Riverview home broken into twice by squatters - WFLA News Channel 8

Riverview home broken into twice by squatters

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RIVERVIEW, FL - For the second time this year, squatters broke in through a back door of Julie Norwood’s Riverview home and were moving in using the adverse possession law as their defense.

It's a nightmare relived for Norwood and her parents.   Her dad's illness forced them to leave their house of 40 years.  "I am the kind of person who will not let someone mess with my family. It’s not gonna happen," said Norwood.

Norwood is livid.

"It's gotten completely out of control and I'm telling you right now I am going to do whatever I have to do to get it fixed," she said.

For six months, Jeanella Pollock and her family set up shop.   Her husband was a Manatee County deputy at the time, he has since resigned. They acted like the owned the place, leaving behind a smelly mess.
Related Story: Woman accused of breaking in and moving into home

"I feel for the people this is happening to and they don't know what to do," said Norwood.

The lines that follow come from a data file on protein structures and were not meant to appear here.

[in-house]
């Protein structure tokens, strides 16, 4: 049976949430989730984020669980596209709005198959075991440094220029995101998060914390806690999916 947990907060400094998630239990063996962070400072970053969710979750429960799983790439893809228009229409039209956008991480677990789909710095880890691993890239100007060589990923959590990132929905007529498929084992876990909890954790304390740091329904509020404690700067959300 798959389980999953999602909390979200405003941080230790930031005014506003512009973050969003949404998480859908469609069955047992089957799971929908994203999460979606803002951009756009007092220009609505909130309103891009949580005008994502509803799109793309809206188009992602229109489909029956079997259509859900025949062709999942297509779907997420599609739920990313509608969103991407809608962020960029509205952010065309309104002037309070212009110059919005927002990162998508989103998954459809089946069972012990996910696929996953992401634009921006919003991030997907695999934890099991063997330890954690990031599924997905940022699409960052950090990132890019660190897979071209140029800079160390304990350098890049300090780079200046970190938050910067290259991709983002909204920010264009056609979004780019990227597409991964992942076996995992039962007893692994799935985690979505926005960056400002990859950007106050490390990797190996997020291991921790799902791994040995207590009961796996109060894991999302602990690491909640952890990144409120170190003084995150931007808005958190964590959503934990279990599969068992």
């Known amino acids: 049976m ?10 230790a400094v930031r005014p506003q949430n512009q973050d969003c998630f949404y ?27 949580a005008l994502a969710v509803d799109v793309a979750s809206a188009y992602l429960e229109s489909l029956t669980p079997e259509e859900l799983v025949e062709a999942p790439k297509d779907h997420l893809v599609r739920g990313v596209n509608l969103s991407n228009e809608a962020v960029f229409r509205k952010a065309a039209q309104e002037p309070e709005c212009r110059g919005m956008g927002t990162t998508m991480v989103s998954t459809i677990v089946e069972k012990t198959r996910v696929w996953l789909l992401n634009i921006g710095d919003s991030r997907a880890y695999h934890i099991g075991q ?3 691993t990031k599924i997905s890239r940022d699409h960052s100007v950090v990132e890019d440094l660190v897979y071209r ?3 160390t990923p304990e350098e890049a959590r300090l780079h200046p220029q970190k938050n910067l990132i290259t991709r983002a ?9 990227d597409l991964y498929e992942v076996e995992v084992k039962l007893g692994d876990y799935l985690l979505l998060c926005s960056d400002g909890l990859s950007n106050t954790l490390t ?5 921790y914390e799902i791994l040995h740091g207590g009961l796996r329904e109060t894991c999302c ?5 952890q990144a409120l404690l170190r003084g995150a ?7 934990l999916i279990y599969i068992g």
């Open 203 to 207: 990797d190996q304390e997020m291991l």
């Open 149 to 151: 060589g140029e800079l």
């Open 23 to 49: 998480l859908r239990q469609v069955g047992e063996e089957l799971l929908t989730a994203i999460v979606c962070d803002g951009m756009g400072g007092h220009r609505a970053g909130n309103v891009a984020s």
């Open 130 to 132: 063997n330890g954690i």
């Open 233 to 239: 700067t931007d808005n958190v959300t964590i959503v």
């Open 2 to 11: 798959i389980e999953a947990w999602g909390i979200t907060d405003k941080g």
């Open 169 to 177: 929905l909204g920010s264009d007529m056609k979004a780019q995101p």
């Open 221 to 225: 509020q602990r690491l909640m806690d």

An 8 On Your Side investigation uncovered this squatter trouble in 2011.  Since then, the Hillsborough County Sheriff's office has cracked down on adverse possession violators.  The Property Appraiser is giving fraud alerts to applicants warning if they occupy a house, "they are trespassing, possibly breaking and entering and are subject to being arrested." 

Years ago, the office would see one to two requests a year. 

"All of the sudden we're getting a 100, 150 of them a year.   And so it struck me that something else is going on out there," said Hillsborough County Property Appraiser Bob Henriquez.

Each request for adverse possession triggers a note to the sheriff's office and the homeowner of record. The Property Appraiser, a former lawmaker himself, says current regulations needs more teeth.  "We're looking forward to working again with the legislature to find way to tighten up this law to make sure that the original intent of it isn't being in some way twisted," said Henriquez.

Norwood fears what the latest squatters left behind.  Her new fight is to get the law changed.

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